Arcade Fire experiments with ‘Reflektor’
After Arcade Fire debuted three songs from its upcoming album “Reflektor” during its September NBC concert special, “Here Comes the Night Time,” it became clear that the band was departing from its usual indie rock sound and opting for more of a dance vibe.
Following the group’s 2010 album, “The Suburbs,” which won Album of the Year at the 2011 Grammy Awards, the album “Reflektor” builds on the band’s ambition to create extensive albums.
As with all of the group’s albums, there is a clear artistic theme sprinkled throughout the record. This time it is not death nor modern societal issues as heard in 2004’s “Funeral” or 2010’s “The Suburbs.” Instead, the band is fixated on the idea of what reality is.
Unlike previous albums in which lead singer Win Butler sounded as if he was surrounded by music, thanks to the six-10-member band lineup, this time he seems to be singing alone in an empty room on a handful of tracks.
The album’s title track, “Reflektor,” is a good example of how exploring a new sound can be successful. The group keeps the lengthy seven-minute track fresh by mixing up instruments and passing vocals from Butler to Régine Chassagne, the group’s leading lady and then to a ghostly David Bowie.
Arcade Fire may have a different sound, but it retains the themes that have allowed the group’s music to feel as if it has weight to it. Specifically, the track “Afterlife,” which deals with conflict and the unknown, picks up the group’s obsession with lacking understanding of the world the band lives in.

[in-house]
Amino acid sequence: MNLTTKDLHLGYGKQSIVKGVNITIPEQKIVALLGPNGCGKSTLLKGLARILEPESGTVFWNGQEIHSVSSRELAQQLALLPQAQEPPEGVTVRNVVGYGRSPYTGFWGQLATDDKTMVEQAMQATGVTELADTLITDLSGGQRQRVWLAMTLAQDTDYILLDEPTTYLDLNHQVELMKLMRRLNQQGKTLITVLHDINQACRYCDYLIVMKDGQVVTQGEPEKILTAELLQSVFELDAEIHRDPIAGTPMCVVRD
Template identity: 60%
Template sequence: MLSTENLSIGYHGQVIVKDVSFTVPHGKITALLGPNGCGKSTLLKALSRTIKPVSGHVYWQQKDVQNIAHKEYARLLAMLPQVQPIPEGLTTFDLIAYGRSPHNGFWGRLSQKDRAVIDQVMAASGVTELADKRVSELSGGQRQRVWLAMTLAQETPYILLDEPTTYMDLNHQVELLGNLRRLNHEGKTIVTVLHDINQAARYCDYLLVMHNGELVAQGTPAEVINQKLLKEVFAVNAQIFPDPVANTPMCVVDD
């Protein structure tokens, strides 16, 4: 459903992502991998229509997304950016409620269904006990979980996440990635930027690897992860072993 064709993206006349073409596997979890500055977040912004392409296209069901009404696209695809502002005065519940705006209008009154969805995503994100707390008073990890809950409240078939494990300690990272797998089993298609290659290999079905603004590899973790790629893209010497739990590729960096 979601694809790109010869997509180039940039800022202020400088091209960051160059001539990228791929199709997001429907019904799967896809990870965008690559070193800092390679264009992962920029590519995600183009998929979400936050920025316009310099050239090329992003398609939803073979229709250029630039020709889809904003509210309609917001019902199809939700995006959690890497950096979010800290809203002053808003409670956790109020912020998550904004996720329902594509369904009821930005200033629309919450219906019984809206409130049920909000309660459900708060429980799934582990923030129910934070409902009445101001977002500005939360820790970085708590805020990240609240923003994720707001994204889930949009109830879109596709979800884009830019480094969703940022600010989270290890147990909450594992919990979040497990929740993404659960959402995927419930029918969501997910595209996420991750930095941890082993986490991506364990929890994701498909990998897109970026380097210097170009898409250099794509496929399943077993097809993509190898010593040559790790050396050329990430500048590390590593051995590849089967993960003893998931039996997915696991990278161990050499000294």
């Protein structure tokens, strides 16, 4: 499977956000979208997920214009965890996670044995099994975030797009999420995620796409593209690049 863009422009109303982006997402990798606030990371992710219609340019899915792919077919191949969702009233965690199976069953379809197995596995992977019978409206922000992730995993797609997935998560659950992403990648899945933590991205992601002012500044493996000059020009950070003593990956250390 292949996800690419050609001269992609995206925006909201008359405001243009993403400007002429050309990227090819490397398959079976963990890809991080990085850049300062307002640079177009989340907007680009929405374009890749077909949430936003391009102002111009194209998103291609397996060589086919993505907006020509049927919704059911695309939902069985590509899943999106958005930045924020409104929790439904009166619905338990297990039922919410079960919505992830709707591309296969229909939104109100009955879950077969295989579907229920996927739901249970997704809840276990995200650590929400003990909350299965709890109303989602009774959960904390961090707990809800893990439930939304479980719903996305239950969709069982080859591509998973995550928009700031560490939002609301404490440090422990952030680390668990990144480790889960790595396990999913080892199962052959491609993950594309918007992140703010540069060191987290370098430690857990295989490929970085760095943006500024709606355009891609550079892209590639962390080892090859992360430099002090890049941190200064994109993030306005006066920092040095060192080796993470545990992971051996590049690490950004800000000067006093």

The track “Normal Person” is perhaps the group’s most successful blend of signature Arcade Fire lyrics that bleed of suburban anxiety while integrating the new sound of “Reflektor.” “Normal Person” has a fun sound reminiscent of a Talking Heads song as Butler asks “Am I a normal person?” and “Is anything as strange as a normal person?”
The second disc of the album is full of tracks stretching over six minutes, with some songs finding a better way to fill the time than others.
“Awful Sound (Oh Eurydice)” is one such track, which continues the album’s love for a strong bass guitar and percussions, but takes it slow as Butler swoons his way around like it’s a Velvet Underground song from the late Lou Reed.
The track “Porno” stands out as being perhaps the emptiest sounding song on the album, with Butler sounding as if he is crooning alone in a recording booth as a producer pushes buttons and his band mates simply watch and chime in occasionally.
But while the album has low points, such “Porno” and the uneventful track “Flashbulb Eyes,” Arcade Fire on a bad day is more talented and interesting than most modern bands.
Artists like to experiment and Arcade Fire certainly
succeeded in its new sound with strong tracks such as “Reflektor,” “Normal Person” and “Afterlife.”
The album will hit shelves on Tuesday but fans received a sneak peak on Thursday when the band briefly put “Reflektor” on YouTube in its entire 75-minute length.